Imagine if Battlefield 5 was only playable on a GeForce graphics card. Or Half-Life 3 needed an Asus monitor. Tying games is a bit of a ridiculous thought, but in truth it’s no different to what is being done with the Oculus Rift. In framing the VR headset as a platform rather than peripheral, it has given Oculus free rein to build a closed ecosystem. Naturally enough the pioneering VR creator has come under fire, but Oculus co-founder Palmer Luckey has come out and defended his company’s decision to invest in exclusive content.
“You see Sony investing in their content the same way,” explained Luckey, via Tech Crunch. “They want to make things that take advantage of their features that they have in the best way possible. Over time, that’s how the VR industry is going to move forward. In the short‑term and the long‑term, it’s good.
"The short‑term pain that some people feel, and I totally understand, is I want to play this game and I’m not able to right now. The reality is, I can see where that’s painful for some people, but that doesn’t mean that it’s bad for the VR industry, or that it’s fragmenting it, or in the long run, it’s not the right way for the ecosystem to work.”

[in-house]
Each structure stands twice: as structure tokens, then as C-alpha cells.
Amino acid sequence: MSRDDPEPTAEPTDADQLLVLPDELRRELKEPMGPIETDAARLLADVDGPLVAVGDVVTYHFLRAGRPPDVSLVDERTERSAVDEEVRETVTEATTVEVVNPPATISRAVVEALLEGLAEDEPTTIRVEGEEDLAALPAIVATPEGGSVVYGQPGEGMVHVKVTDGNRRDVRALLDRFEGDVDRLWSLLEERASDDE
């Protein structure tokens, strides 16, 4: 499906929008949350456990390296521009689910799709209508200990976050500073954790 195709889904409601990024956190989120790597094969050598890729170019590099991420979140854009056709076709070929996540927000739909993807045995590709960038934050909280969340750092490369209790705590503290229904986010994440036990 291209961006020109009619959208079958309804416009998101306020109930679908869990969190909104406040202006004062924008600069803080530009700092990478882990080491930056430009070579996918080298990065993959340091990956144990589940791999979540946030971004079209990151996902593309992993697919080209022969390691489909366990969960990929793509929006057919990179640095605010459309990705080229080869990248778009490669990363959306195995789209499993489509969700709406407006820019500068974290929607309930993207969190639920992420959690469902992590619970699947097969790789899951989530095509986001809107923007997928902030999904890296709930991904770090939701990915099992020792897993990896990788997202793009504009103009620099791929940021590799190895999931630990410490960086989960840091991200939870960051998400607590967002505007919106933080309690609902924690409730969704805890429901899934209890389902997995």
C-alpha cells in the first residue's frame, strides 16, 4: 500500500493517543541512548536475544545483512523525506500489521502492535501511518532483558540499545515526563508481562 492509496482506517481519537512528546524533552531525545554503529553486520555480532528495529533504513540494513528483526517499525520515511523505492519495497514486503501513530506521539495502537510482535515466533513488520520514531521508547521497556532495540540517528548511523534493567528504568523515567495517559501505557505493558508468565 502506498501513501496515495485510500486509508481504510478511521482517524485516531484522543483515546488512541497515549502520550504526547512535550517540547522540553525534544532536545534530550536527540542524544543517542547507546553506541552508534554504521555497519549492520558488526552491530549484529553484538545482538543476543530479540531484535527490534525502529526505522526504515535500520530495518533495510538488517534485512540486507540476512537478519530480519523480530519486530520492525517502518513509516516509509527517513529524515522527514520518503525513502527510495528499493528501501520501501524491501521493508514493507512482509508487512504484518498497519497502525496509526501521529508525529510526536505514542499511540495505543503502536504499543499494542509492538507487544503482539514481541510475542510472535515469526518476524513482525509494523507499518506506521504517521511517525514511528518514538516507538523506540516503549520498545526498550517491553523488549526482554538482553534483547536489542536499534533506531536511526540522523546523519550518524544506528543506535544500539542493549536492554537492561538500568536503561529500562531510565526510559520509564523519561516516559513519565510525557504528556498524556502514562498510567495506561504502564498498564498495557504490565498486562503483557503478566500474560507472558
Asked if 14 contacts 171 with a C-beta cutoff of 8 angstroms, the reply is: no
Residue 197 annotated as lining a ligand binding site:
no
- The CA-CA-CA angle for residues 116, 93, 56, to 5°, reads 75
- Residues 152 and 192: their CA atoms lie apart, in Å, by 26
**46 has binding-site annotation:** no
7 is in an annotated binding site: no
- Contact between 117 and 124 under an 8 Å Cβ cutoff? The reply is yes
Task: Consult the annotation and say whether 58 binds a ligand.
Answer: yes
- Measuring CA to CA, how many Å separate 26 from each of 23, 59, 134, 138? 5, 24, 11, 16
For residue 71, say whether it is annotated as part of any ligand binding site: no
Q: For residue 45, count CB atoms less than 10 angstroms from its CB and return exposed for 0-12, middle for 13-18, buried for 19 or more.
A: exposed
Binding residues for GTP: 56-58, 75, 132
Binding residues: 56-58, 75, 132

While not necessarily bad for the industry or the wrong way to go about it, there’s no denying Oculus Rift exclusives are fragmenting the VR industry. A fledgling industry which is struggling for market share being carved into tiny pieces for the respective headset audiences.
Luckey goes on to explain that any first-party games or Oculus funded titles will remain exclusive to the Oculus store forever. However, with third-party deals Oculus is inclined to opt for timed exclusivity rather than locking it down totally.
"We don’t ask them to stop developing for other platforms,” said Luckey. “We don’t tell them they can’t launch on other platforms. In those cases, they are going to be coming out on other platforms aside from Oculus in the future.”
I think comparing what is essentially a PC peripheral with a single-use console is a bit of a strawman argument. Traditionally there have been so many barriers to console games working on PC and vice versa, whereas the act of scooping up Oculus Rift exclusives is neither a matter of software nor hardware support. A PC with an HTC Vive and a GTX 1080 is more than capable of playing Edge of Nowhere. Rather, Oculus is deliberately locking down games in order to bolster its own peripheral’s appeal.
Source: Tech Crunch